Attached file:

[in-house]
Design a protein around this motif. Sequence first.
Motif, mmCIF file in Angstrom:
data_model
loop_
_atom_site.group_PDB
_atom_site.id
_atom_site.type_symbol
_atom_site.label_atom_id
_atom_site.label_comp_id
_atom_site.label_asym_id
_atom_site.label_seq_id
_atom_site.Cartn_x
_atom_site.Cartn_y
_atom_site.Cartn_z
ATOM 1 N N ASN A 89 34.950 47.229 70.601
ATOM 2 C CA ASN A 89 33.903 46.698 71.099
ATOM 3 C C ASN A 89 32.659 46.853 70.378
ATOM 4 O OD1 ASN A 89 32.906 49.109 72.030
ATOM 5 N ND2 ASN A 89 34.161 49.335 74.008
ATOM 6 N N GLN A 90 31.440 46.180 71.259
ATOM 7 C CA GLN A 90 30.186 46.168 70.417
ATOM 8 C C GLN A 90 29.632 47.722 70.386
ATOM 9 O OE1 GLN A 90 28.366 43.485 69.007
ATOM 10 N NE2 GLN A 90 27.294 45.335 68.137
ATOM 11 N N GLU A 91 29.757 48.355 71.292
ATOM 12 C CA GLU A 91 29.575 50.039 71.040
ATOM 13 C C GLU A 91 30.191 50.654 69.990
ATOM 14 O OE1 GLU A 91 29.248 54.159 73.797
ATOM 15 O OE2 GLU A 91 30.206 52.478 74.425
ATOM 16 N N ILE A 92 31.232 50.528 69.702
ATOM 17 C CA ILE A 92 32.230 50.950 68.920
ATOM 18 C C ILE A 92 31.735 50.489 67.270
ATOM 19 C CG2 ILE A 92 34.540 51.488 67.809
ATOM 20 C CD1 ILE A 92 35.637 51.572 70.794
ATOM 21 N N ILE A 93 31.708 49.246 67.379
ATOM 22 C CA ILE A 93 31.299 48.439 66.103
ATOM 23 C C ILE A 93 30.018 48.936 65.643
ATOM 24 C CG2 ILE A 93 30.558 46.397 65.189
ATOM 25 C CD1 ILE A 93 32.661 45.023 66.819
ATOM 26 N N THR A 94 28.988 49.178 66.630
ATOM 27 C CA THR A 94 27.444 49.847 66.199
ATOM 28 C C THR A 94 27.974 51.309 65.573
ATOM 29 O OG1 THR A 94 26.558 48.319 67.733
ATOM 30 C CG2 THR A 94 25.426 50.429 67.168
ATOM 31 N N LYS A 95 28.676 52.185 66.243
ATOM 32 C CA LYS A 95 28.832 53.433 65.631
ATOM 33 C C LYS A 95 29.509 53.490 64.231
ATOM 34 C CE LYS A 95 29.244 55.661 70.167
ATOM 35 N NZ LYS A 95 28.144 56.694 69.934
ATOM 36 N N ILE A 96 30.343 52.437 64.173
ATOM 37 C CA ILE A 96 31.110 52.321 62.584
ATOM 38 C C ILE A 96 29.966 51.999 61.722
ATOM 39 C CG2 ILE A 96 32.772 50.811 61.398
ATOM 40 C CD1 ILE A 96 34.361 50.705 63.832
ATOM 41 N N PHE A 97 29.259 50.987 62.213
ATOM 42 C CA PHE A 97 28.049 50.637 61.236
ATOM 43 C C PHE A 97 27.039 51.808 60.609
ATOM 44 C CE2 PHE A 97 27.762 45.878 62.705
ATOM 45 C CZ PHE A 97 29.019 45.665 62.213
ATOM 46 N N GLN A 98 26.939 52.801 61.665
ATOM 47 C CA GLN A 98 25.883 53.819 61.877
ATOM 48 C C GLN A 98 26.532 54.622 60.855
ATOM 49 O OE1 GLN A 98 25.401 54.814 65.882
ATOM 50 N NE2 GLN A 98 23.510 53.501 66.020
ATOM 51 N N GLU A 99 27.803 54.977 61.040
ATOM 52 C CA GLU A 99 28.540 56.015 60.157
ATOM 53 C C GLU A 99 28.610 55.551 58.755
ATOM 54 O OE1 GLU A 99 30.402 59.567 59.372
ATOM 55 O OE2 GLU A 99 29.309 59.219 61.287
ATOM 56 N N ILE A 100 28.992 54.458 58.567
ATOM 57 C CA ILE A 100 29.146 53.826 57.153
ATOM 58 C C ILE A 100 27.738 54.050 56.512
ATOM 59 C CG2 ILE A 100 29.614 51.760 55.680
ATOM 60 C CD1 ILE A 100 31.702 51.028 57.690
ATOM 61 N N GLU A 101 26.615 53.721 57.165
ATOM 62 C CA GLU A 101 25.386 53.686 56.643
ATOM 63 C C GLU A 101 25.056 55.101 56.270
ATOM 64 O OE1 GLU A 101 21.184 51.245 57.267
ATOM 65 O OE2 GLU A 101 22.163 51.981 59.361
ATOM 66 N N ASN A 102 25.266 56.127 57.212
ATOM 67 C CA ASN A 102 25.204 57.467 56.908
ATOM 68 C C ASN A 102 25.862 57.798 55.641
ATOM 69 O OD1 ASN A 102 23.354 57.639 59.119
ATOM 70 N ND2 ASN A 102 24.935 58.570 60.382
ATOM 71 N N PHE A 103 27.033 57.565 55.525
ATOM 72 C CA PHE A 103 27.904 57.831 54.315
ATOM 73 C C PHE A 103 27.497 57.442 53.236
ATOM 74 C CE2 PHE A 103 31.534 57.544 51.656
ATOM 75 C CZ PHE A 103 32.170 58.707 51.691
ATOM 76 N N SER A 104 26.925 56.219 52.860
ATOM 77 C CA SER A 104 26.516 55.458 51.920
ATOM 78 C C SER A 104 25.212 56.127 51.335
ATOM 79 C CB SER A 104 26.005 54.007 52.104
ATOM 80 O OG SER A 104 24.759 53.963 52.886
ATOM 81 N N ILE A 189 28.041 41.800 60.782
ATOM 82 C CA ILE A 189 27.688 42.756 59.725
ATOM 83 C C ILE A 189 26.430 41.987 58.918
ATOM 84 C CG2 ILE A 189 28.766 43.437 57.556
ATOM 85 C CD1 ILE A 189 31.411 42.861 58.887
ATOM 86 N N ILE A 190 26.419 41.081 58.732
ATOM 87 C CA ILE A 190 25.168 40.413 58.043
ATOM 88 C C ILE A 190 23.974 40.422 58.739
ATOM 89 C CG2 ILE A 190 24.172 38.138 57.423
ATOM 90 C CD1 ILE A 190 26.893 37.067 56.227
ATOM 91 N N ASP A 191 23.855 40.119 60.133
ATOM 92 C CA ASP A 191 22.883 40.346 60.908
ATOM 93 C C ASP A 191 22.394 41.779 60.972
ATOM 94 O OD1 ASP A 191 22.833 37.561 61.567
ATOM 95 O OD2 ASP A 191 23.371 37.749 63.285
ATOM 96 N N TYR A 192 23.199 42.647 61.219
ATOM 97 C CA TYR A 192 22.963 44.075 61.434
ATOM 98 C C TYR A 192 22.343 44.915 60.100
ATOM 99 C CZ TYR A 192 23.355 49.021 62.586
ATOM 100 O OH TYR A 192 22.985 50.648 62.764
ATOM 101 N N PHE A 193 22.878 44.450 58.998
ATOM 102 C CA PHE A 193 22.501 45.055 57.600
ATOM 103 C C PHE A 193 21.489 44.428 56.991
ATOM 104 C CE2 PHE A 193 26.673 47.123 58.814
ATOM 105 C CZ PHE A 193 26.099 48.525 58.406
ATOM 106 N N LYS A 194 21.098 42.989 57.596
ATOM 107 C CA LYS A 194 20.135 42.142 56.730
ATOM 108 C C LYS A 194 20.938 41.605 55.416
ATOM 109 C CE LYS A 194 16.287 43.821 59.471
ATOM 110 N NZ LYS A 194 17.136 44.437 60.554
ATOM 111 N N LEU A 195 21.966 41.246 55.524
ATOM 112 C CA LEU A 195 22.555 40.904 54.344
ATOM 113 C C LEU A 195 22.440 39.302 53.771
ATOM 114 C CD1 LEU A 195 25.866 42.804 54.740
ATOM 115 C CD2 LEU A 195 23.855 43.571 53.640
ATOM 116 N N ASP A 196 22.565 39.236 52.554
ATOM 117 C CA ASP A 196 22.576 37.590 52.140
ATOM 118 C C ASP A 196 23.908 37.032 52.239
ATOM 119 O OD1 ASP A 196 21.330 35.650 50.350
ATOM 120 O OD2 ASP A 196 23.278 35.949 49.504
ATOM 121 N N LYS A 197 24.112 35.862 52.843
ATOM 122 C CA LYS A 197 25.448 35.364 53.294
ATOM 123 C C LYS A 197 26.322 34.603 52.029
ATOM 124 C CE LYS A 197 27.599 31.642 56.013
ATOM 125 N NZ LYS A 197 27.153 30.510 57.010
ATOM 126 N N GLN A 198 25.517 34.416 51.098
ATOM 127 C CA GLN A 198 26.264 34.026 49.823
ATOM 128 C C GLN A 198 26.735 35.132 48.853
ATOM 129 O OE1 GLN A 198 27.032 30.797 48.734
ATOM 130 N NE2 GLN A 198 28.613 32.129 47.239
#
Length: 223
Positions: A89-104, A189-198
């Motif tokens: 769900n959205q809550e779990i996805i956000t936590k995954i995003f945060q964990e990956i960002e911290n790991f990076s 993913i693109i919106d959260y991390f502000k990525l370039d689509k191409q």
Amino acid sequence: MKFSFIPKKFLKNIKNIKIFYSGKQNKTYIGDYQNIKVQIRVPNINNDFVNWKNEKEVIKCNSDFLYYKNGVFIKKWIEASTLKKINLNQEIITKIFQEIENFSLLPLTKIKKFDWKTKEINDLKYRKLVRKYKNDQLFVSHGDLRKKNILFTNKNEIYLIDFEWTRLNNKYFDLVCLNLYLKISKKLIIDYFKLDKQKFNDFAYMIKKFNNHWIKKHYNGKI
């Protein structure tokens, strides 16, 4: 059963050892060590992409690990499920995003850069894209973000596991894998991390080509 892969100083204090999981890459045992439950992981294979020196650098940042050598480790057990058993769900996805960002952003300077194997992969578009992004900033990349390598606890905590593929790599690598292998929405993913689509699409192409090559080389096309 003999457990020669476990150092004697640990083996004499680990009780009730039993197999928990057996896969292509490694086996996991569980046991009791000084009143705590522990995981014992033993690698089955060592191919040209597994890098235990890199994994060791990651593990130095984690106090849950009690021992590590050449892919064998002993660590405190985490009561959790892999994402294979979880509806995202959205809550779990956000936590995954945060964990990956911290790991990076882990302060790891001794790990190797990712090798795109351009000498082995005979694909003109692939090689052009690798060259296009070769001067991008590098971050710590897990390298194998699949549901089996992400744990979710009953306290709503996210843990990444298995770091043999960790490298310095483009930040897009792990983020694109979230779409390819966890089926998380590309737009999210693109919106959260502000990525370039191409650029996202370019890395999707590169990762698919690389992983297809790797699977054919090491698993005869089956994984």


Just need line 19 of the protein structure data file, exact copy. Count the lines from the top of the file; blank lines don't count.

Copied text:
ATOM 4 O OD1 ASN A 89 32.906 49.109 72.030